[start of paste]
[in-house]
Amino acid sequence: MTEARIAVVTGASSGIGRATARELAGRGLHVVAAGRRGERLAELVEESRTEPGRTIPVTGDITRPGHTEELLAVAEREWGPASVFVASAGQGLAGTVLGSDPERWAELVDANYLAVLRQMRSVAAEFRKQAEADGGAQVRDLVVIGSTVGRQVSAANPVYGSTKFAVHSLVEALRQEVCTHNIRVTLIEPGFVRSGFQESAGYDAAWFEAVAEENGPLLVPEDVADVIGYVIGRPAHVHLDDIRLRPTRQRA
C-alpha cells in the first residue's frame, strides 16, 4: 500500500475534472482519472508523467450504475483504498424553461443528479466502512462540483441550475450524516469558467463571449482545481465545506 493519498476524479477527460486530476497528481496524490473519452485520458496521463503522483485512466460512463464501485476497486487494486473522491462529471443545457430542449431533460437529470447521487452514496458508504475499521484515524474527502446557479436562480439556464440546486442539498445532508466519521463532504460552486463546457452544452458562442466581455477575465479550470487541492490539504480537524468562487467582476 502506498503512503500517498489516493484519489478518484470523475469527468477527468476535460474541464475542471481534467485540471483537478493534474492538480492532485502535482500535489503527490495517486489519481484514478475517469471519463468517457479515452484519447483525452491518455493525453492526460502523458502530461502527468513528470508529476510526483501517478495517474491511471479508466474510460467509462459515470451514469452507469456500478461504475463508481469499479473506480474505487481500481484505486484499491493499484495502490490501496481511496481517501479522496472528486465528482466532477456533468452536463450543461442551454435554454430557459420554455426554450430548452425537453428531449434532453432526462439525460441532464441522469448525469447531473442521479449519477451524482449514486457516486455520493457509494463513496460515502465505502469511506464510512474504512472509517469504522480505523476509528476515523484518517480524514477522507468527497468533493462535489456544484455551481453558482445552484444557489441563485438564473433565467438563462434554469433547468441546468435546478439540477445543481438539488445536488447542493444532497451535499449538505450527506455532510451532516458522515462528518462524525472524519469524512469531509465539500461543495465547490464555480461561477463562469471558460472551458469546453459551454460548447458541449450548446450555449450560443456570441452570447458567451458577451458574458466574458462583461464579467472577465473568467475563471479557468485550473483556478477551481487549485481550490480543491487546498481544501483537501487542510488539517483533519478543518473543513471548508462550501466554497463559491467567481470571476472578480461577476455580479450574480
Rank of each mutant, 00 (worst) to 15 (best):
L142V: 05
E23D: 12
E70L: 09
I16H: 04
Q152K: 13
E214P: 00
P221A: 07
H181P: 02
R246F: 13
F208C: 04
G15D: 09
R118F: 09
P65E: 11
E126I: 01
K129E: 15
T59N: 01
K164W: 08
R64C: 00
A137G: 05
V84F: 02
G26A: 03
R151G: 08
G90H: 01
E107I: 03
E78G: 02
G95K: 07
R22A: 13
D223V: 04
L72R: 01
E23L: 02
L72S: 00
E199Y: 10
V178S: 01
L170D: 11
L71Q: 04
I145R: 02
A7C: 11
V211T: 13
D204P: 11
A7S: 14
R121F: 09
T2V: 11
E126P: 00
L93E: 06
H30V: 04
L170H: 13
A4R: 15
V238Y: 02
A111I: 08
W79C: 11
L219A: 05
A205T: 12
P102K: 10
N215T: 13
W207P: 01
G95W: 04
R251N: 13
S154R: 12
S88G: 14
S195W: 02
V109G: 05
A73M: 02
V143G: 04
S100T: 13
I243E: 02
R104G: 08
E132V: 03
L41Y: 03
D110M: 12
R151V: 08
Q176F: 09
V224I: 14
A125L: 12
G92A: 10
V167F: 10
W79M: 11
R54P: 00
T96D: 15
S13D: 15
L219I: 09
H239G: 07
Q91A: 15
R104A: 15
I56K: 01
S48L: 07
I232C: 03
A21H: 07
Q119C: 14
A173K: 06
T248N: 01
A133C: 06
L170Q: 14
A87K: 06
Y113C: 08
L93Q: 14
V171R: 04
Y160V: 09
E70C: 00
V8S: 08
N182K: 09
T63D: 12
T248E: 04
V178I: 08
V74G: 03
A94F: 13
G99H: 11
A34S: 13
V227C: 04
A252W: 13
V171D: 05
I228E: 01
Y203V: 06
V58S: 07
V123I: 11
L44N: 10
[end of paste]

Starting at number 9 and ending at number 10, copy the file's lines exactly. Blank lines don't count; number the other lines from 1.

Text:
Q152K: 13
E214P: 00